Playing games

Playing games

Before any cruise liner sets sail from port with a new compliment of passengers it is the duty of the ship’s company to perform a passenger evacuation drill.  Just like airline personnel pointing out the nearest exits and showing you how to buckle up your seatbelt, the crew teach you how to put on your life jacket and where to muster in the event of an emergency.  This system is far from perfect, as  can be seen in the recent tragedy onboard the Costa Concordia, but the drills are not just for the passengers.

In an emergency every member of the ship’s crew has a role to play, whether that is keeping passengers calm, lowering the life rafts, manning the fire hoses or running the medical centre.  Each and every week different scenarios are played out aboard the various ships of the fleet looking for systems errors, flaws that may turn out to be fatal in the event of a real disaster.  Tank entry drills are performed to ensure engineering crew know how to use breathing apparatus and harnesses – the medical team on standby in case an unfortunate crewman gets overcome by toxic fumes.  Fire fighting drills are performed below decks in the engine rooms, as well as above decks in empty cabins, with artificial smoke providing much-needed realism. And ‘man overboard’ drills are performed to make sure the crew can deploy the fast response boat in a timely manner.

When it comes to drills, ships are inspected by their flag state as well as the local maritime authorities such as the US Coast Guard, and UK Port Authority, to make sure they meet stringent safety standards.  These inspections are often much more challenging than the ones we would put ourselves through.  In the first I had to relocate the medical centre to a secondary location with five casualties and the elevators out of action.  I ran up (and down) 87 flights of stairs that day, with patients and equipment.  After that we had a serious rethink as to where the secondary medical centre should be located and what should be kept there.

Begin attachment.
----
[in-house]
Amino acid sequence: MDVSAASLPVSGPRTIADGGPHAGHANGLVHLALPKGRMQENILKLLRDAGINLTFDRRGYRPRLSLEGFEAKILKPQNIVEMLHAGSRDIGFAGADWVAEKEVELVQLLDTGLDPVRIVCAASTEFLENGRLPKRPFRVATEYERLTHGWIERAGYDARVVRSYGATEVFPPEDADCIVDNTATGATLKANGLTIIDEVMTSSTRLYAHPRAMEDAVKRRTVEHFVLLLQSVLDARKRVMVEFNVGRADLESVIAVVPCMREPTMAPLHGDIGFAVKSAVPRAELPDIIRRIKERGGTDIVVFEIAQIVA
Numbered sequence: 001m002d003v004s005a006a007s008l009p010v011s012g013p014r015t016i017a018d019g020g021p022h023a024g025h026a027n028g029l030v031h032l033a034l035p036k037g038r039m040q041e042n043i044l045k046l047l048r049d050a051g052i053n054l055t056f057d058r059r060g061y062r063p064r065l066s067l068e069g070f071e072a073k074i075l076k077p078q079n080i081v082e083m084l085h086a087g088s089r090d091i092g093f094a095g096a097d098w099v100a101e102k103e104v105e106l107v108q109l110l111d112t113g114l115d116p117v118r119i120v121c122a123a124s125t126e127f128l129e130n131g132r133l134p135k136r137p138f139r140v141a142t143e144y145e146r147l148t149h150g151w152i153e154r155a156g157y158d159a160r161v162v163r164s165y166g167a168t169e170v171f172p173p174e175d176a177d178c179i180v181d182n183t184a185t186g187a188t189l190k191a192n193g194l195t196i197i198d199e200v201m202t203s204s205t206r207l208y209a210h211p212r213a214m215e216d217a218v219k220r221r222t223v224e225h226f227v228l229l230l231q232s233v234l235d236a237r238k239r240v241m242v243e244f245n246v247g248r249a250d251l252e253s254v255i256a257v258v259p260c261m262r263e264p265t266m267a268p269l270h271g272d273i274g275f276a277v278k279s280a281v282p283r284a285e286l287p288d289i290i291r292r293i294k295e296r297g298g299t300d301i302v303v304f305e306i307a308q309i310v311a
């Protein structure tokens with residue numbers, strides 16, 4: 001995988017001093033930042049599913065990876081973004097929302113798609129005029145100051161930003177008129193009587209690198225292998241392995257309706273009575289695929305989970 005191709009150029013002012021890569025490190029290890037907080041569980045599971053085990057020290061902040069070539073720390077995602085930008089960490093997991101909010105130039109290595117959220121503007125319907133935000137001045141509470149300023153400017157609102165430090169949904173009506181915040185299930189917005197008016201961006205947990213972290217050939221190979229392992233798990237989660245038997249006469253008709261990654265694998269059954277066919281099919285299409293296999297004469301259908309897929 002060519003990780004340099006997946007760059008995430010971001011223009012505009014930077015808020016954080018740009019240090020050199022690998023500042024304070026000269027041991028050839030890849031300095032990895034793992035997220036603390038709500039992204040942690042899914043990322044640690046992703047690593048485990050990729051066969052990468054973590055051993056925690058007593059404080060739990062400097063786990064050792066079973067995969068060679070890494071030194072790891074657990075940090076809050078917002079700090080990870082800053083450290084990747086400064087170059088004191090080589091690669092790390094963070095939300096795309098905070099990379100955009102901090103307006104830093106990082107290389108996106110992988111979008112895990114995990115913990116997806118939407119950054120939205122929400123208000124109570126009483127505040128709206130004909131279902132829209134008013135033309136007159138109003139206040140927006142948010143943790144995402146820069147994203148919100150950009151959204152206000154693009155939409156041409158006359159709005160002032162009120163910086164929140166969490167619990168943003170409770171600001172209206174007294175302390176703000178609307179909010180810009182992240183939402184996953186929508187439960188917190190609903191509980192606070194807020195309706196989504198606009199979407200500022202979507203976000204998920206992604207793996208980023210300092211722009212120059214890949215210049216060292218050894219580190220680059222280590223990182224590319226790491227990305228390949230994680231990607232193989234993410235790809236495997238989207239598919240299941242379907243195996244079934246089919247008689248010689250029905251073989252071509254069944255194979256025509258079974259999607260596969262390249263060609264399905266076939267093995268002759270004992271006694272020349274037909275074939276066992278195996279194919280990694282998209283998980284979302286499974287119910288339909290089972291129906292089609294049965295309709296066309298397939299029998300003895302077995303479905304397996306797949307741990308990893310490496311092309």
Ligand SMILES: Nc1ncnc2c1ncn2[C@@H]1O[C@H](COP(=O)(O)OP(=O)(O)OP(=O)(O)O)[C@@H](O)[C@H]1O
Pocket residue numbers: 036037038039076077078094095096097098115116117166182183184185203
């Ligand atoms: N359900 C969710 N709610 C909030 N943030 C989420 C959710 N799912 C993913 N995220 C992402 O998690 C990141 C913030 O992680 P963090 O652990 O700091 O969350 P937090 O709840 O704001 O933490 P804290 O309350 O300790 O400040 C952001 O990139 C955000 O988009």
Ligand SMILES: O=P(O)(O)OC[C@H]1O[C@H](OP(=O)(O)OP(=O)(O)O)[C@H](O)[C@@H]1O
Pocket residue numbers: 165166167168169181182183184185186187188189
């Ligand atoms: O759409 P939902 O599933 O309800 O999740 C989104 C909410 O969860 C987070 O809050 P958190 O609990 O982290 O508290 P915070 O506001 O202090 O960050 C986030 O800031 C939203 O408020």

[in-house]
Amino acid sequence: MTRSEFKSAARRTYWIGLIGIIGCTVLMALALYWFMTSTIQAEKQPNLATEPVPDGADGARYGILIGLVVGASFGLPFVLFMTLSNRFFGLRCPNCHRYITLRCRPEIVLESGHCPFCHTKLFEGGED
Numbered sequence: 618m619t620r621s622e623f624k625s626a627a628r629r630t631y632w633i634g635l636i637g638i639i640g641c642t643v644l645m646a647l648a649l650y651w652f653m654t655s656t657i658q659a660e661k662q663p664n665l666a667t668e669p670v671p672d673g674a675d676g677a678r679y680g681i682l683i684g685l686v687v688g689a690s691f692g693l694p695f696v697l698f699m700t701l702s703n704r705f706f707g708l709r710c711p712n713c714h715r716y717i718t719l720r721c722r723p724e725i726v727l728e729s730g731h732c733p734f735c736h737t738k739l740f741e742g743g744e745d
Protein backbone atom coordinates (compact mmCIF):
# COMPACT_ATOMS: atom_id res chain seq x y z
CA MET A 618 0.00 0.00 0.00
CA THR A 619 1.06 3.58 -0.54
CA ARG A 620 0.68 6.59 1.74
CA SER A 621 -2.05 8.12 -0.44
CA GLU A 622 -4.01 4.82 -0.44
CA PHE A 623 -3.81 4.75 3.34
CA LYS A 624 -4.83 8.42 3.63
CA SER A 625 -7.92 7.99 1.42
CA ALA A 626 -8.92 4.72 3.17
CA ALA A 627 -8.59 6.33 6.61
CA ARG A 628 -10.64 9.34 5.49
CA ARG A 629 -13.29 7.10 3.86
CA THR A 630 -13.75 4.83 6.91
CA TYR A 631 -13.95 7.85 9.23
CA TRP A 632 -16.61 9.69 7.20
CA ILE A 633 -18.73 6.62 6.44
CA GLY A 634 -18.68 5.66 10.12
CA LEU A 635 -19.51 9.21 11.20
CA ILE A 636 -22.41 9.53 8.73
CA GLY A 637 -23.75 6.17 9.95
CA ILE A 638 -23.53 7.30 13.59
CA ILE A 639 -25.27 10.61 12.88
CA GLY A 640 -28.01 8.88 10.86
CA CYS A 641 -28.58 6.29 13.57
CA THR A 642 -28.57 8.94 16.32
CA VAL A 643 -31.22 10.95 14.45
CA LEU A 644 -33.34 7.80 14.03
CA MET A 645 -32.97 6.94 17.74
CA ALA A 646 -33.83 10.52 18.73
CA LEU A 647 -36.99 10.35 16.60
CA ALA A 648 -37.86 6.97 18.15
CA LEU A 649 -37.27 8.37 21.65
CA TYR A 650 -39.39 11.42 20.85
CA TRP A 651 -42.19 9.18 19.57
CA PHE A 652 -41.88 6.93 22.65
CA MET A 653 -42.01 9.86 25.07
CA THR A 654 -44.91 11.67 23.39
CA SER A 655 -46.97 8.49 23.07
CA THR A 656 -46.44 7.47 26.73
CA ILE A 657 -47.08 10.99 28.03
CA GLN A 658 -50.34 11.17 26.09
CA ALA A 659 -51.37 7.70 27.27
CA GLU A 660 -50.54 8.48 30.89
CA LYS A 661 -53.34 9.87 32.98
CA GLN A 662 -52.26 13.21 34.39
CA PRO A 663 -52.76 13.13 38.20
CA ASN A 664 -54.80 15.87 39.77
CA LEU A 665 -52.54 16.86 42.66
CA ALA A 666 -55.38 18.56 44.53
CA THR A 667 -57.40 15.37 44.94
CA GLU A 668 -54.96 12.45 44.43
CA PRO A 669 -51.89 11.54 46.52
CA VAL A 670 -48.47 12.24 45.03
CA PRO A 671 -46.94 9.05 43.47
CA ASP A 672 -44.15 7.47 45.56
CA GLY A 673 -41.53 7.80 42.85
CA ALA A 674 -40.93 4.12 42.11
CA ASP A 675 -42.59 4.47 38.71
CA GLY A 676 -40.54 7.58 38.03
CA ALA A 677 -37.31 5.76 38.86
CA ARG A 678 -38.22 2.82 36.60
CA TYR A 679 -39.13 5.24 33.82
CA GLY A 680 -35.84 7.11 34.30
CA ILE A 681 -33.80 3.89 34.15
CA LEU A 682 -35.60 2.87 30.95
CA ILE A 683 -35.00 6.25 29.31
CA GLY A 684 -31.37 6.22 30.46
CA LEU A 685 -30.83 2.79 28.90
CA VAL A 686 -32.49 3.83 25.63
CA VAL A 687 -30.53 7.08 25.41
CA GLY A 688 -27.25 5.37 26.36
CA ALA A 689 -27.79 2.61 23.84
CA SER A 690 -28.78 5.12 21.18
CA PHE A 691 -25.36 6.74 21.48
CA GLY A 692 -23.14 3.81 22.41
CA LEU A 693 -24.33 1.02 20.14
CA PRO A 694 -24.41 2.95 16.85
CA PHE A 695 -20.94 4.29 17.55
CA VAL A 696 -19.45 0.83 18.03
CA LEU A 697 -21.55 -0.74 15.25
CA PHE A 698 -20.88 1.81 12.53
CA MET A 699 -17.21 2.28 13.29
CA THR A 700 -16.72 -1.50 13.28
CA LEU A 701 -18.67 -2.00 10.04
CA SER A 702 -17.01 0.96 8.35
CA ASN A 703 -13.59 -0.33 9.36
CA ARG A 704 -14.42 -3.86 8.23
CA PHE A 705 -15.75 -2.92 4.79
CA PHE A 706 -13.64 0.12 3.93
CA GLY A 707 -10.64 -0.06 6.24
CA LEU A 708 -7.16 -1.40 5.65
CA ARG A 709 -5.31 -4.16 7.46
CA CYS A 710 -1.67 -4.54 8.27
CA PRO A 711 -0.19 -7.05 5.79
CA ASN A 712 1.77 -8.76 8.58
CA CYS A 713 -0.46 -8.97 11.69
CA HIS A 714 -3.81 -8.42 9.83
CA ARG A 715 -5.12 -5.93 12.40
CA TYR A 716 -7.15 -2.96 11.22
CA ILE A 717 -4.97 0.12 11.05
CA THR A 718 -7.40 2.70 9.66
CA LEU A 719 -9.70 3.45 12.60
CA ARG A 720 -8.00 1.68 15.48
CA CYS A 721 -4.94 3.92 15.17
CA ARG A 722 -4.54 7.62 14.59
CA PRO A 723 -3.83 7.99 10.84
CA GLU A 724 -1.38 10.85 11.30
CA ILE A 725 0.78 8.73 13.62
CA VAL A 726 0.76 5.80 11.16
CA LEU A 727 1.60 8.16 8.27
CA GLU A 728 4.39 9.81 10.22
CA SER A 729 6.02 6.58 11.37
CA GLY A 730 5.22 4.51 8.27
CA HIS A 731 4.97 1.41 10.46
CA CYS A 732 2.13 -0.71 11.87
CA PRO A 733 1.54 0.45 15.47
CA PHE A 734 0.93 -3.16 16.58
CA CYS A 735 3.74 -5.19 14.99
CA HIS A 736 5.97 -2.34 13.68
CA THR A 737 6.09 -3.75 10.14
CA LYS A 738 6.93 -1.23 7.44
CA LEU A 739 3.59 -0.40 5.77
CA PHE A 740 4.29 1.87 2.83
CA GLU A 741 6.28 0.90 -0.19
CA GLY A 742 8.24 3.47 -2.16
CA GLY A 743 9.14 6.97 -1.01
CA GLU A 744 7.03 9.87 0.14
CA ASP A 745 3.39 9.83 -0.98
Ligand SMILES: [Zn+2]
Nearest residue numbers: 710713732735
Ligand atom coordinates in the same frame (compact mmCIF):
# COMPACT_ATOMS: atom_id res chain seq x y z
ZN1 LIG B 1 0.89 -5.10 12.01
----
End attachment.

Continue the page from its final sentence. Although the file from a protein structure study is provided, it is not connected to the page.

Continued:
We also took place in table-top exercises with fleet operations in the US testing their response to onboard disasters – fires, terrorism and running aground.   We took place in war-games speeding through the Gulf of Aden, ever vigilant for the threat of pirates.  And we took place in high stakes games of hide-an-seek where fake bombs were planted around the ship and we had to find them (top tip – no mobile phones or radios) before time ran out and they sent a plume of smoke in the air.

In the fifteen (plus) years I have been a doctor I have taken part in exactly two mass casualty drills.  One, in the UK was an exercise in logistics and handing out tabards and action cards.  The other, in Australia, was a well run Emergo Train exercise, that felt like a pen-and-paper role-playing game at first until life was breathed into it.  Many of us hope that someone else will tell us what we need to do.  In my last post it took five minutes to pull the bomb threat checklist off the hospital intranet. This is not about the medicine or how to triage or sort and sieve  How many of us know our role in the event of overwhelming casualties?  How many of us know what we are supposed to do if we have to evacuate ICU with our ventilated patients?  How many of us know what to do if a bomb threat is phoned through?

Perhaps it’s time we played a few more games?

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